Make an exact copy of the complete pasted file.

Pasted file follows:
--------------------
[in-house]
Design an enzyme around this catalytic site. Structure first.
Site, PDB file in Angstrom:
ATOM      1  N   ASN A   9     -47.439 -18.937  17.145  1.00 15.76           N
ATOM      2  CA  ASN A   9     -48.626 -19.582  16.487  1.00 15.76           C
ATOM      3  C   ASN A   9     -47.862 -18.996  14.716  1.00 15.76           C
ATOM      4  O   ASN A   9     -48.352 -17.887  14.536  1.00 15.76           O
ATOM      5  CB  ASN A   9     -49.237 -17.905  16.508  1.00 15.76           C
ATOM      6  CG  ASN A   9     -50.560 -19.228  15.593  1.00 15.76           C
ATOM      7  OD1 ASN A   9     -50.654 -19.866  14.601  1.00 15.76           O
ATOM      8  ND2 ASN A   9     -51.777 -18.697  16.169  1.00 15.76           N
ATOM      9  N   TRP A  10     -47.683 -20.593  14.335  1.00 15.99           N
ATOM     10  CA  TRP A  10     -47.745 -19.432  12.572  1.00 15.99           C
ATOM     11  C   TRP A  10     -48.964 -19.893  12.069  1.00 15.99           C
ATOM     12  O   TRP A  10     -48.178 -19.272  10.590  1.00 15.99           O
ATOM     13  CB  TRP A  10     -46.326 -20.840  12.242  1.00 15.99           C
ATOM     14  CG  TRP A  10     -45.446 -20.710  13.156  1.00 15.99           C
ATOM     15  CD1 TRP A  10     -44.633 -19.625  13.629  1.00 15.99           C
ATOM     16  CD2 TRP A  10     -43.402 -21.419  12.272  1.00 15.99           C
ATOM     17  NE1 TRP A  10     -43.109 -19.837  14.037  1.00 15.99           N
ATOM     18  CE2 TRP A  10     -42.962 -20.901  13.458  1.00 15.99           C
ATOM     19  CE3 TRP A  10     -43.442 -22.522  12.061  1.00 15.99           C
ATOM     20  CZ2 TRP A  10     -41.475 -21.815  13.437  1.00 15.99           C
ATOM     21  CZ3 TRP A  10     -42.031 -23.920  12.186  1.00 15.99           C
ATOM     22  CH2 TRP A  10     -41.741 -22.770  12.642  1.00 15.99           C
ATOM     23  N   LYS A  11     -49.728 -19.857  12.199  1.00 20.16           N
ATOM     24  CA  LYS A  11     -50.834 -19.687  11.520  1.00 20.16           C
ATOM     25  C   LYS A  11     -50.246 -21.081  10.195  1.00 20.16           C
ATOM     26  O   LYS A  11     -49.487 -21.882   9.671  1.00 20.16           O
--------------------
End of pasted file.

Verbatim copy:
[in-house]
Design an enzyme around this catalytic site. Structure first.
Site, PDB file in Angstrom:
ATOM      1  N   ASN A   9     -47.439 -18.937  17.145  1.00 15.76           N
ATOM      2  CA  ASN A   9     -48.626 -19.582  16.487  1.00 15.76           C
ATOM      3  C   ASN A   9     -47.862 -18.996  14.716  1.00 15.76           C
ATOM      4  O   ASN A   9     -48.352 -17.887  14.536  1.00 15.76           O
ATOM      5  CB  ASN A   9     -49.237 -17.905  16.508  1.00 15.76           C
ATOM      6  CG  ASN A   9     -50.560 -19.228  15.593  1.00 15.76           C
ATOM      7  OD1 ASN A   9     -50.654 -19.866  14.601  1.00 15.76           O
ATOM      8  ND2 ASN A   9     -51.777 -18.697  16.169  1.00 15.76           N
ATOM      9  N   TRP A  10     -47.683 -20.593  14.335  1.00 15.99           N
ATOM     10  CA  TRP A  10     -47.745 -19.432  12.572  1.00 15.99           C
ATOM     11  C   TRP A  10     -48.964 -19.893  12.069  1.00 15.99           C
ATOM     12  O   TRP A  10     -48.178 -19.272  10.590  1.00 15.99           O
ATOM     13  CB  TRP A  10     -46.326 -20.840  12.242  1.00 15.99           C
ATOM     14  CG  TRP A  10     -45.446 -20.710  13.156  1.00 15.99           C
ATOM     15  CD1 TRP A  10     -44.633 -19.625  13.629  1.00 15.99           C
ATOM     16  CD2 TRP A  10     -43.402 -21.419  12.272  1.00 15.99           C
ATOM     17  NE1 TRP A  10     -43.109 -19.837  14.037  1.00 15.99           N
ATOM     18  CE2 TRP A  10     -42.962 -20.901  13.458  1.00 15.99           C
ATOM     19  CE3 TRP A  10     -43.442 -22.522  12.061  1.00 15.99           C
ATOM     20  CZ2 TRP A  10     -41.475 -21.815  13.437  1.00 15.99           C
ATOM     21  CZ3 TRP A  10     -42.031 -23.920  12.186  1.00 15.99           C
ATOM     22  CH2 TRP A  10     -41.741 -22.770  12.642  1.00 15.99           C
ATOM     23  N   LYS A  11     -49.728 -19.857  12.199  1.00 20.16           N
ATOM     24  CA  LYS A  11     -50.834 -19.687  11.520  1.00 20.16           C
ATOM     25  C   LYS A  11     -50.246 -21.081  10.195  1.00 20.16           C
ATOM     26  O   LYS A  11     -49.487 -21.882   9.671  1.00 20.16           O